31 DAYS OF HORROR #15: Richard Waters & Alison Scarff on THE SHINING (1980)

Director / Producer partners Richard Waters and Alison Scarff – whose latest Bring Out The Fear (2021) is currently tearing up the festival circuit – book a stay at The Overlook Hotel…

What is there left to say about Stanley Kubrick’s iconic adaptation of Stephen King’s masterpiece The Shining?  A film that is so entrenched in the public psyche that even if you’ve never seen it, you are all too familiar with the story and the famous visuals via pop culture osmosis (anyone who watches The Simpsons might not realise it, but they could probably tell the story beginning-to-end without much issue, except for maybe accidentally calling it “The Shinning”). But for a story so well trod, similar to films like Halloween and Psycho, it’s important to remember that they have achieved this place on the podium for a very good reason. If you watch The Shining today, it’s astounding how much of the foreboding atmosphere and nerve-rattling dread still holds up head and shoulders above its counterparts, both old and new.

The story of a writer (Jack Nicholson) who – taking his family with him as he acts as caretaker for an isolated hotel closed during the winter whilst working on his great novel – finds his sanity worn down by the malevolent forces contained in the building, trying to coax him to murder his loved ones. Metaphors for addiction and abuse in the family abound, coupled with an unsettling score that hops between a-tonal and swinging. It’s easy to see why this is considered a classic, and Kubrick’s typical attention to detail has had every element of it dissected from every which way, with documentaries like Room 237 or Rob Ager’s Collative Learning series presenting some of the best new readings on the film (a current favourite of ours being the idea that it’s actually Wendy who is crazy, and any instances of Jack snapping are her imagination).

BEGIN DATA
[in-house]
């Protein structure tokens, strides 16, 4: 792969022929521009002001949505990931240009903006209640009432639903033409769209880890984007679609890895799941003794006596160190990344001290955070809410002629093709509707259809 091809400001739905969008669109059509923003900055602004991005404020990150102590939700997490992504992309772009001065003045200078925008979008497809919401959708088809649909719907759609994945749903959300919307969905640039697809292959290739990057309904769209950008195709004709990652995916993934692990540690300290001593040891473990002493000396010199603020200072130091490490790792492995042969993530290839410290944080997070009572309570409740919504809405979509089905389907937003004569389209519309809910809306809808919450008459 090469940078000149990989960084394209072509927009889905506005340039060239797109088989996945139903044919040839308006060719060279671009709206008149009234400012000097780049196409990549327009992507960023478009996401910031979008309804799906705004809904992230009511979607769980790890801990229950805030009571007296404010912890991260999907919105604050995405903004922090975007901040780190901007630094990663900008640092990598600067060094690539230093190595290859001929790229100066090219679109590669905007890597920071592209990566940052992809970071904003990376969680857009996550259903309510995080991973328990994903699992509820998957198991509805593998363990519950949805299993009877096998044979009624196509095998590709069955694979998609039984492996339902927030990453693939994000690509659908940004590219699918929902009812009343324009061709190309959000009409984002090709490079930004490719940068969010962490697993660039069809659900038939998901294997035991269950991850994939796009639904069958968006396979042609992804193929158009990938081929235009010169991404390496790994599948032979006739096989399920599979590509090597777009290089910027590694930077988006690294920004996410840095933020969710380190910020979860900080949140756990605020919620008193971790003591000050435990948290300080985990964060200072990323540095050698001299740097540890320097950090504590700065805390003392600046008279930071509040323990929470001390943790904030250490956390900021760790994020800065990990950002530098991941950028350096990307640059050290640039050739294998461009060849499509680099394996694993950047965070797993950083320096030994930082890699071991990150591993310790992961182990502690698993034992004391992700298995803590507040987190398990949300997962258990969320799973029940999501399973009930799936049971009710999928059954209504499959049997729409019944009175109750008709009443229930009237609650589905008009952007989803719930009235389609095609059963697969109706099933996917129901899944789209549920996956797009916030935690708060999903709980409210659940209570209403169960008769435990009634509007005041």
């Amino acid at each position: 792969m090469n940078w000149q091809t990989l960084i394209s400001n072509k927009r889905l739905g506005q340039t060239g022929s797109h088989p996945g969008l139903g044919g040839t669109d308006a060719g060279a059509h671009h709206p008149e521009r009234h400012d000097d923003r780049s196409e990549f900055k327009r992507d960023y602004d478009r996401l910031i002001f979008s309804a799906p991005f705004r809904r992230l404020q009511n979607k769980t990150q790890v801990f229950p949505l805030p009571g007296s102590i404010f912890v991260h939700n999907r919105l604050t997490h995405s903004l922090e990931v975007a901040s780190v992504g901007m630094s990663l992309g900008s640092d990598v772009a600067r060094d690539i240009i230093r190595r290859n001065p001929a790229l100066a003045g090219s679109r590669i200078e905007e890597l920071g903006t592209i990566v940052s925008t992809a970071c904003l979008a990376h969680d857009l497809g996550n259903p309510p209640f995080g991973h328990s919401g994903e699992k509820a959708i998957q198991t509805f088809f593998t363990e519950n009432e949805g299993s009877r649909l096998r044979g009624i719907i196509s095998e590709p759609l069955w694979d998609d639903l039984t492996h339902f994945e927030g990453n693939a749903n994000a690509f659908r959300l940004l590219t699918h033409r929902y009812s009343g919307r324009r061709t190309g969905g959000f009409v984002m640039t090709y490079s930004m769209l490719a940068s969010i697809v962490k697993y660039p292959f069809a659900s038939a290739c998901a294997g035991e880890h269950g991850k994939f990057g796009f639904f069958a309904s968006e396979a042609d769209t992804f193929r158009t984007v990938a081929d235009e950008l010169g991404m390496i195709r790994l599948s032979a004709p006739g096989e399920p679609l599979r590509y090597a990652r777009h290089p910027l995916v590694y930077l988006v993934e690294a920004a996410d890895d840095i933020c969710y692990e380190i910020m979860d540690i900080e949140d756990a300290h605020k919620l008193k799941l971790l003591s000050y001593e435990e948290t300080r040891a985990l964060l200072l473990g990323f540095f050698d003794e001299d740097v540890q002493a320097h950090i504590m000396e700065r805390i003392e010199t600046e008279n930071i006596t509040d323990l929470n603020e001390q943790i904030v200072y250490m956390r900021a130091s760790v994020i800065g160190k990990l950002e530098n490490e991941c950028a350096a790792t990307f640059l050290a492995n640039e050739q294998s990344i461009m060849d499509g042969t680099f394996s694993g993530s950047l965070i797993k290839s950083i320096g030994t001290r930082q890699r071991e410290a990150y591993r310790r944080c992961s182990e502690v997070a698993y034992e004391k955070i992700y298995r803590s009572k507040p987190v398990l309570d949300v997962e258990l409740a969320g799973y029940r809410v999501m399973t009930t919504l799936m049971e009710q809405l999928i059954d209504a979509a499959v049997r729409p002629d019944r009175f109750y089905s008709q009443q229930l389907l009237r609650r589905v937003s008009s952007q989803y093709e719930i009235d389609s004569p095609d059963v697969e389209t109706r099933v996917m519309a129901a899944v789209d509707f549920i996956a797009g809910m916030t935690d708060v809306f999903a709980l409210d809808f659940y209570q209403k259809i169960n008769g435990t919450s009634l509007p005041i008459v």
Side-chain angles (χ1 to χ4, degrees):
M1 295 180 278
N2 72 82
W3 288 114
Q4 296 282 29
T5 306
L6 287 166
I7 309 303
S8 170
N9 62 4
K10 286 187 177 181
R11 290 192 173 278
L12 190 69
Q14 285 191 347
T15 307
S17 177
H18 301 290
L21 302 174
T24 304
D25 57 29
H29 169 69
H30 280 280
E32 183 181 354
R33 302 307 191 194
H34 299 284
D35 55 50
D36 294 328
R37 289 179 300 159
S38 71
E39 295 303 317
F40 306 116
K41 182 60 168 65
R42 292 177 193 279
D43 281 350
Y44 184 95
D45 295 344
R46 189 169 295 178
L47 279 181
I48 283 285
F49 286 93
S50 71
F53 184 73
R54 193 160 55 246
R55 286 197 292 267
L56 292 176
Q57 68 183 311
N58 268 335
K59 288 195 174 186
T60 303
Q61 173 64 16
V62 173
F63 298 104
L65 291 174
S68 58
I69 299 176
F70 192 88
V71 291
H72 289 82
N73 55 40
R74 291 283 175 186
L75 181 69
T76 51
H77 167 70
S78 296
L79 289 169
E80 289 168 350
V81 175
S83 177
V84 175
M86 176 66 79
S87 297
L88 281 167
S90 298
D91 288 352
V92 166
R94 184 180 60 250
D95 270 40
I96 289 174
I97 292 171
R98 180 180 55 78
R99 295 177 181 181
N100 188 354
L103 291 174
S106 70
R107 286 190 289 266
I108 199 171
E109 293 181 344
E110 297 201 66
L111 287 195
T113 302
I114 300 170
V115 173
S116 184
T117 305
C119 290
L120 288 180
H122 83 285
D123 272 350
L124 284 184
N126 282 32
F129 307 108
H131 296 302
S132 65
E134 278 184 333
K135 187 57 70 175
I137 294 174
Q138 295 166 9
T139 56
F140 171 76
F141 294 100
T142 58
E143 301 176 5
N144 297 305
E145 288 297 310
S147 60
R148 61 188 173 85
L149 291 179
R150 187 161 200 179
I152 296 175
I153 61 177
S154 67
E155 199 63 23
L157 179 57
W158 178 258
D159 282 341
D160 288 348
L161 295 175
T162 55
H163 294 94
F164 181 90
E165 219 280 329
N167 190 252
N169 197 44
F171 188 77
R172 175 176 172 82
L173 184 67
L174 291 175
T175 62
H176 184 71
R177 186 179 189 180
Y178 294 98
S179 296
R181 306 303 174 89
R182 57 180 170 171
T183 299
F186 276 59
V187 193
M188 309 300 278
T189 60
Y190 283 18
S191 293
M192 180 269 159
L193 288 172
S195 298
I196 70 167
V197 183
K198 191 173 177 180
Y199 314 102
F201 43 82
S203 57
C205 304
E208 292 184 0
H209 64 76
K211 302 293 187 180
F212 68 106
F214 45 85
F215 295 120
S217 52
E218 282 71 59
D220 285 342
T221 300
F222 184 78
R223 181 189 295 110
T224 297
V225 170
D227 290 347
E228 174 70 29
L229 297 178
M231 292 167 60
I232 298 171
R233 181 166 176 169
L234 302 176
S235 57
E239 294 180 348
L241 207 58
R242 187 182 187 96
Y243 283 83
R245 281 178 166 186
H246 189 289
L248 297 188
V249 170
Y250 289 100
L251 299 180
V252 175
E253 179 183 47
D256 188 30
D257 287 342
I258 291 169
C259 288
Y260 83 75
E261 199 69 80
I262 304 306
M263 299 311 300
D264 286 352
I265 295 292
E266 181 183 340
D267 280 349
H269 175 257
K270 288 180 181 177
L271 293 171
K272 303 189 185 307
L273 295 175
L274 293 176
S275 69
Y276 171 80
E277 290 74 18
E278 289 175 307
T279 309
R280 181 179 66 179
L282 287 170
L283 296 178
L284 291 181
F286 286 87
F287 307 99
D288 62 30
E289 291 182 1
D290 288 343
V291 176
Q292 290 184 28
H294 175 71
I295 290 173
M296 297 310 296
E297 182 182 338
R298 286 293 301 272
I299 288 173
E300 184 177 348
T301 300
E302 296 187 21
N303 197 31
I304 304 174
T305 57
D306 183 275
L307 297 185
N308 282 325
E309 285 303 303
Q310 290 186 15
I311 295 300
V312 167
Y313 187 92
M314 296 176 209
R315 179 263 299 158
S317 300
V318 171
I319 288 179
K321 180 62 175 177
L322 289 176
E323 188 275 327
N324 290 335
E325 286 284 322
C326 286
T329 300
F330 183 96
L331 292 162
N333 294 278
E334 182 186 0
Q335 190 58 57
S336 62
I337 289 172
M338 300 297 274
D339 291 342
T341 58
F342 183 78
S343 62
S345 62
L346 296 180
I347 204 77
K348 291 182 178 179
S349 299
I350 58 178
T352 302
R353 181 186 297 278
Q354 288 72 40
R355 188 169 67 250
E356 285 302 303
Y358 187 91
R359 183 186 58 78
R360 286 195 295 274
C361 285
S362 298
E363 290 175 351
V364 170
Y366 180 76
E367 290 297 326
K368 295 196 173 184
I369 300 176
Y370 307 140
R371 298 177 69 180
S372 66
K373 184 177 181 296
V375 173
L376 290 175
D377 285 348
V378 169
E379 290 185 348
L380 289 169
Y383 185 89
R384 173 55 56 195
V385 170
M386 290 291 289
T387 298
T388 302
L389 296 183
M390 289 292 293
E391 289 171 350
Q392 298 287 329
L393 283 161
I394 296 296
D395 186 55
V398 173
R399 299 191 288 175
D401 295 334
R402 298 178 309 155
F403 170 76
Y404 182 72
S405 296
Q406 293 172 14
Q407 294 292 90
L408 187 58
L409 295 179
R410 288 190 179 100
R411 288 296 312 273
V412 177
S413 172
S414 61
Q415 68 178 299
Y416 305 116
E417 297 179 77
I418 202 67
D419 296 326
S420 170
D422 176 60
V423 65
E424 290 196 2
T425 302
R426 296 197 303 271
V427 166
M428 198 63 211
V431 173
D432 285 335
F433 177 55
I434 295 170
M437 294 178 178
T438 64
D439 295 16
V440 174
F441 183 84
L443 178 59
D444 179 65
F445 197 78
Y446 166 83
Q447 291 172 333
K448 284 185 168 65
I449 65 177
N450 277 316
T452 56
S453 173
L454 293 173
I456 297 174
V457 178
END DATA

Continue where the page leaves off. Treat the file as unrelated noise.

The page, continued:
Such a variety of different interpretations definitely lends to the ongoing legacy of The Shining, but also opens up so many of the reasons why it unsettles us the audience so much. Nothing is quite what it seems, and none of that is down to chance. Famously, the layout of the hotel, which almost goes to pains to have its geography presented on screen, makes absolutely no sense. Windows look onto gardens that should be hallways, doors to rooms exist where there is nothing but empty space behind them, and the infamous blood elevator seems to find itself located where it can capture the characters’ attention, instead of where any architect would choose. How can we feel safe when something so simple as one hallway leading to another is left unpredictable? It’s a method used in more recent films like Grave Encounters or Blair Witch to amazing effect, and to say it had an influence on the looping forest in our own film Bring Out The Fear would be an understatement.

The Shining doesn’t deal in jump scares, favouring psychological tension and the terror of the murderous turn of a family member. One of the strengths of the film (in a straightforward reading, at least) is that we are treated to multiple perspectives of the descent into bloodlust, placing the viewer on both sides of the victim/abuser role, and even if the eventual outcomes aren’t ones we agree with, we at least understand how the characters have come to them. The greatest strength in a horror film that doesn’t play for jump scares is when it allows the audience to embody the characters, to feel options have been exhausted and that the walls are all closing in on us as much as they are for those on screen.

For our money, The Shining also stands as a rare horror film that gets scarier the more times you watch it. Like peeling away the layers of an onion, details that seem minute signpost later events, and the film takes a different and more unsettling point of view knowing where the characters will end up. There are so many things to discover in here that it’s a pure treat even after multiple viewings, moreso when you are in the UK/Ireland and discover the US have a longer cut that includes a scene with skeleton guests in the hotel lobby!

It’s a cultural touchstone for good reason, and still a masterclass in execution for filmmakers to this day. Maybe not the most exciting addition to the Halloween watchlist at first sight, it’s important not to take for granted just how powerful The Shining is, and remember that not only does it truly deserve its place amongst other films this spooky season, but that even over 40 years later it stands as a testament to the true lasting power of a well executed horror.

Richard Waters & Alison Scarff

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